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The New Dirty Dozen?

General Health


By David Blyweiss, M.D.

Mainstream media thrives on fear, especially if it involves a health scare. I was reminded of this after a recent copy of Consumer Reports landed on my desk warning readers of The 12 Most Dangerous Supplements.
The article profiled several consumers who took tainted or overhyped supplements that sent their bodies into dramatic disarray. The Consumer Reports story says the 12 dietary supplements have been linked by clinical research or case reports to cancer, coma, heart problems, kidney damage, liver damage, even death. So what are these 12 perilous supplements? Most are herbs and compounds you’ve probably never even heard of—aconite, bitter orange, chaparral, colloidal silver, coltsfoot, comfrey, country mallow, germanium, greater celandine, kava, lobelia and yohimbe. Aconite? Coltsfoot? Really? Some of these, like country mallow aren’t even allowed to be sold in the United States!

Not only are most of these supplements fairly obscure, Consumer Reports painted them all with the same broad brush, stating that they were linked to “serious adverse events.” The problem is, that statement isn’t necessarily accurate.

Yes, aconite is toxic in its raw state. Known as the queen of poisons, picking and eating aconite au natural can cause a a very uncomfortable death. But when this plant is cooked and processed, it becomes one of the most useful natural medicines around. Often used in Traditional Chinese Medicine and homeopathic remedies, aconite can diminish the pain of neuralgia, lumbago and rheumatism when applied topically. Taken internally under the supervision of a qualified naturopath, herbalist or homeopath, a processed aconite tincture can be useful in treating everything from pneumonia to some forms of heart disease.

Some of the other supplements on the list are also quite beneficial when taken properly. Used topically, chaparral is one of the top picks for treating wounds and preventing infection. Yohimbe is often used to treat erectile dysfunction and obesity, and it can be very effective for both. But, like aconite, it should be used cautiously and ideally under a doctor’s care.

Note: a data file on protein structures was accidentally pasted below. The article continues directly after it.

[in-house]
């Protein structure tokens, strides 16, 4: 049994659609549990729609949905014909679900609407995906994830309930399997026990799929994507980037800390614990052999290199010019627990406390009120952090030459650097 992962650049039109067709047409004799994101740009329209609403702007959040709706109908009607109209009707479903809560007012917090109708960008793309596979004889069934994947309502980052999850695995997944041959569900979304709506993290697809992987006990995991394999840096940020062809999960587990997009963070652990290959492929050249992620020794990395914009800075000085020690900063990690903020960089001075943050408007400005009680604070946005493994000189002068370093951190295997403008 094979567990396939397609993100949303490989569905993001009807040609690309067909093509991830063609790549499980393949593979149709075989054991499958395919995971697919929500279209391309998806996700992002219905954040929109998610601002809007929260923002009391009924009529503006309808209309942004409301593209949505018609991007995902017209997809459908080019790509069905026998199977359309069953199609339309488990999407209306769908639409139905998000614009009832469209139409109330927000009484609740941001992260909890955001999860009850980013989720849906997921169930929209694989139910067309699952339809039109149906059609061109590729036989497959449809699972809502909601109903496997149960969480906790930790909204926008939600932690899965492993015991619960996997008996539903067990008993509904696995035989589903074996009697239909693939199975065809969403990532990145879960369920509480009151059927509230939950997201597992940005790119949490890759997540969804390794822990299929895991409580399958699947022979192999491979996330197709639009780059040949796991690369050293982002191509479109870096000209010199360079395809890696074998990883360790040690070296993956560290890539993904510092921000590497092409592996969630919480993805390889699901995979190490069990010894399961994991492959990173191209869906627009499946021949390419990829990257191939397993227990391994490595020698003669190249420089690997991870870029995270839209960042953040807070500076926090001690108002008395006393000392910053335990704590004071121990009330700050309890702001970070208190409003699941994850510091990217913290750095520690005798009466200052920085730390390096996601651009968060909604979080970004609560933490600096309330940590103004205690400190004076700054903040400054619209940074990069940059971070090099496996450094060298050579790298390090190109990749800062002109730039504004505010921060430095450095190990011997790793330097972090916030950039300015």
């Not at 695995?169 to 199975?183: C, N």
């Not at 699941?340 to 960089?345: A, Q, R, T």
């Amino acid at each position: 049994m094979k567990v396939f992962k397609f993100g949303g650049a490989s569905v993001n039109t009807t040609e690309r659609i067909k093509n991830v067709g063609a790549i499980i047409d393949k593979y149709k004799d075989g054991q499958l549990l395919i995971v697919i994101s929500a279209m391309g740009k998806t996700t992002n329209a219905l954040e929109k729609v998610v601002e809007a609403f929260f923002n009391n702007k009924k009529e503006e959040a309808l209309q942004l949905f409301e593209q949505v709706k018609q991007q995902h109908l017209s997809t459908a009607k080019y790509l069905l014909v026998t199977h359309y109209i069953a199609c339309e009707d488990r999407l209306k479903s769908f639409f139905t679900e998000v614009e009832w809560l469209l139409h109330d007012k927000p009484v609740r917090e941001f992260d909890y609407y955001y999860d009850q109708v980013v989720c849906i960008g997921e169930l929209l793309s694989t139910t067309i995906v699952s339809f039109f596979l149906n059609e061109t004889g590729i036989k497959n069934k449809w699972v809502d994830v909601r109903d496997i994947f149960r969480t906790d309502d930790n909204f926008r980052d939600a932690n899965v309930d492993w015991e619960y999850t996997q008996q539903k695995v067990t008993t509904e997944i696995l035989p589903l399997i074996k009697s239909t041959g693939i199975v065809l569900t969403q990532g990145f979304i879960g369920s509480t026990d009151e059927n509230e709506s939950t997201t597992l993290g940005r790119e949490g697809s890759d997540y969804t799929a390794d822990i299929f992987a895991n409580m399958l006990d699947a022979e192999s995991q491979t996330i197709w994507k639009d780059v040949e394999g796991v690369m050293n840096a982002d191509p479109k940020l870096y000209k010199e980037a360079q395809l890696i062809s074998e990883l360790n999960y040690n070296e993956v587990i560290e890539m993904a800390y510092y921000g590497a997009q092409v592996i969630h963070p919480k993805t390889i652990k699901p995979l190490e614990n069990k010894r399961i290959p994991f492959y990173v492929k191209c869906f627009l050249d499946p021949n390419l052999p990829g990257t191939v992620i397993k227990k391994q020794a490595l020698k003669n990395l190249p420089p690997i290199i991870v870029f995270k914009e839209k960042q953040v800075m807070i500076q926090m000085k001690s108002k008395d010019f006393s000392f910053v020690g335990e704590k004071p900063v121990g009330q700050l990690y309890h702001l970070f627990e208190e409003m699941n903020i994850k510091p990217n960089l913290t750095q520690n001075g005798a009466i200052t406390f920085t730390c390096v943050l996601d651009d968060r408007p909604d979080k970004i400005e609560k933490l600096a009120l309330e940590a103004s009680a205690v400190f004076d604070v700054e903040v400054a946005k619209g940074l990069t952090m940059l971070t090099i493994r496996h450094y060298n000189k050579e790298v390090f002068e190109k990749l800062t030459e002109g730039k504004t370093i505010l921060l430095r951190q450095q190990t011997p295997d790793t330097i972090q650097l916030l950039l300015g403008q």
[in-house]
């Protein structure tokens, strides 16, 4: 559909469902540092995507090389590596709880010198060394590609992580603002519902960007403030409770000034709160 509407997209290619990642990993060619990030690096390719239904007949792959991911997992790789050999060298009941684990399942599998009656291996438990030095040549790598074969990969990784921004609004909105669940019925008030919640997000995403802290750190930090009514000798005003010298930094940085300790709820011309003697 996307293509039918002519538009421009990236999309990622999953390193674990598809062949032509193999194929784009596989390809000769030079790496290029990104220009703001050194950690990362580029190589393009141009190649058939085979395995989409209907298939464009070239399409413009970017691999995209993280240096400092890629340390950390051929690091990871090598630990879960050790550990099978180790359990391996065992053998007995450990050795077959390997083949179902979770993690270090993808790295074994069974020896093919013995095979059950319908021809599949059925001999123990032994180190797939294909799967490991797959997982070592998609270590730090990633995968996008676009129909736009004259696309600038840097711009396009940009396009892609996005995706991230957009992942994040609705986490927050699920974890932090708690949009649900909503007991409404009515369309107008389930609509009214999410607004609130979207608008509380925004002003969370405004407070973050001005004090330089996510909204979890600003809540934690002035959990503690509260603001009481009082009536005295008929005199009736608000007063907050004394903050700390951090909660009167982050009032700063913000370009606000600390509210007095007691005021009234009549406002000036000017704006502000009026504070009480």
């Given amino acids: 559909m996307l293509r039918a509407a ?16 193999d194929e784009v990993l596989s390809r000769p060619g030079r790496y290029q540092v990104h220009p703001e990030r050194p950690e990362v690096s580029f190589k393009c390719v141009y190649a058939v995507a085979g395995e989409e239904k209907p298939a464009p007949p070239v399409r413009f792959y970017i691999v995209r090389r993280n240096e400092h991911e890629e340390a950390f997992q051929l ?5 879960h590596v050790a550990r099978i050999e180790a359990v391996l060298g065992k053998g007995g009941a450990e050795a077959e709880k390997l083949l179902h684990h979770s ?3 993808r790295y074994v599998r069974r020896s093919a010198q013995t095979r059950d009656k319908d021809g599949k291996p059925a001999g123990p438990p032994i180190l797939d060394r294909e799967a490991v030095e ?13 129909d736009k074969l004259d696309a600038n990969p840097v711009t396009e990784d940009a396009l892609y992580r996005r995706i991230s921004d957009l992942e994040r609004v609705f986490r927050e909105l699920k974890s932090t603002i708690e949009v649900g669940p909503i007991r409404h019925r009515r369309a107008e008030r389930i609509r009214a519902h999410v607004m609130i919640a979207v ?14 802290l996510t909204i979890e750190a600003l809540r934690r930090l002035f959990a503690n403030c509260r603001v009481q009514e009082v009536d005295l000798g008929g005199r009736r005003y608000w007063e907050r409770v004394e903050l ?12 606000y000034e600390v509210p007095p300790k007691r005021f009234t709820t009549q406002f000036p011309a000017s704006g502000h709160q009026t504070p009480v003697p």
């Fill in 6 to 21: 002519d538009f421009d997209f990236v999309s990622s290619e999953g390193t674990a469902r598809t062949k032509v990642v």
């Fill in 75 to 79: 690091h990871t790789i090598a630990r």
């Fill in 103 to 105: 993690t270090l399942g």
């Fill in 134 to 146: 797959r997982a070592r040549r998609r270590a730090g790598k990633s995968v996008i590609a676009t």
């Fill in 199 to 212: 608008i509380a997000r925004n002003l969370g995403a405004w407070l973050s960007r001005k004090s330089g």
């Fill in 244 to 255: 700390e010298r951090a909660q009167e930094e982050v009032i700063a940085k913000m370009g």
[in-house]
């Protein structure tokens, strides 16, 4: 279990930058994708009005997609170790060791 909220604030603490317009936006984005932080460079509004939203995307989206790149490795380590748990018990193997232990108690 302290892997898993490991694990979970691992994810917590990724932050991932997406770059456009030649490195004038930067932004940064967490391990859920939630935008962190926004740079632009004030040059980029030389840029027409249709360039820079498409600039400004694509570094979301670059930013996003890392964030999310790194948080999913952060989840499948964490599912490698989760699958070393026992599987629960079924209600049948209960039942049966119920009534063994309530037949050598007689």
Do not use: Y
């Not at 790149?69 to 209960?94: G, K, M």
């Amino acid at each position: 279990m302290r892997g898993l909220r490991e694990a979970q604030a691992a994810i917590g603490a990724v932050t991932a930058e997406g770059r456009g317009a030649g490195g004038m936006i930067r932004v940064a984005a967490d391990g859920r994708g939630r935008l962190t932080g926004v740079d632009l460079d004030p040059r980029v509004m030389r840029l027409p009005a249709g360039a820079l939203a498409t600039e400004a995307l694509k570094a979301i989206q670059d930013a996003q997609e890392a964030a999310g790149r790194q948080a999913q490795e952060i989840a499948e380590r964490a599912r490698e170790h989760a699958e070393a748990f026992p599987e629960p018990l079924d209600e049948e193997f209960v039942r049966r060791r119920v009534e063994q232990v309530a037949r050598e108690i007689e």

Greater celandine extracts have been shown to stimulate the production of bile and pancreatic digestive enzymes in human studies. Test tube and animal studies have also shown celandine extracts and purified alkaloids to have anti-inflammatory, anti-cancer and antimicrobial properties. But there is some concern about liver toxicity, therefore it’s best to take greater celandine only under the supervision of a healthcare provider.

And, speaking of liver toxicity, kava was much maligned a few years ago because of reported cases of liver failure. Under pressure from consumer groups like Consumer Reports and the FDA, supplement makers quickly pulled the herb off store shelves. The problem was, there are NO published reports or clinical trials to show that kava can produce liver toxicity. None, nada, zip. Kava should not be on this list at all.

The bottom line is that Consumer Reports and the media outlets that featured the story are trying to scare the dickens out of you in the hope that you will opt for a high priced pharmaceutical drug. What they don’t tell you is this: In 2008, the FDA took in 482,154 adverse-event reports for prescription drugs. And, according to Dr. Gary Null, author of Death by Medicine, 106,000 Americans die every year from prescription drug use. On the flip side, it’s more likely that you will be struck by lightning than die from using a dietary supplement.  In fact, the FDA has received only 2,621 adverse reaction reports since it started collecting data on the safety of supplements in 1993. Of those, only 101 reported a death. That’s an average of fewer than six fatalities per year. In my book, that’s pretty impressive.

So before you start clearing your medicine cabinet of all things herbal, take a breath and remember that this is just another unsubstantiated volley in the war against dietary supplements. Used properly, vitamins, minerals and herbs are an extremely effective way to foster good health—and they’re often safer than the pills your doctor gives you.


References:

Dangerous supplements: What you don't know about these 12 ingredients could hurt you. Consumer Reports. September 2010.

Harmon K. Prescription Drug Deaths Increase Dramatically. Scientific American. April 6, 2010. Available at www.scientificamerican.com/article.cfm?id=prescription-drug-deaths

Lazarou J. Incidence of adverse drug reactions in hospitalized patients: a meta-analysis of prospective studies. Journal of the American Medical Association . 1998;279:1200-1205.

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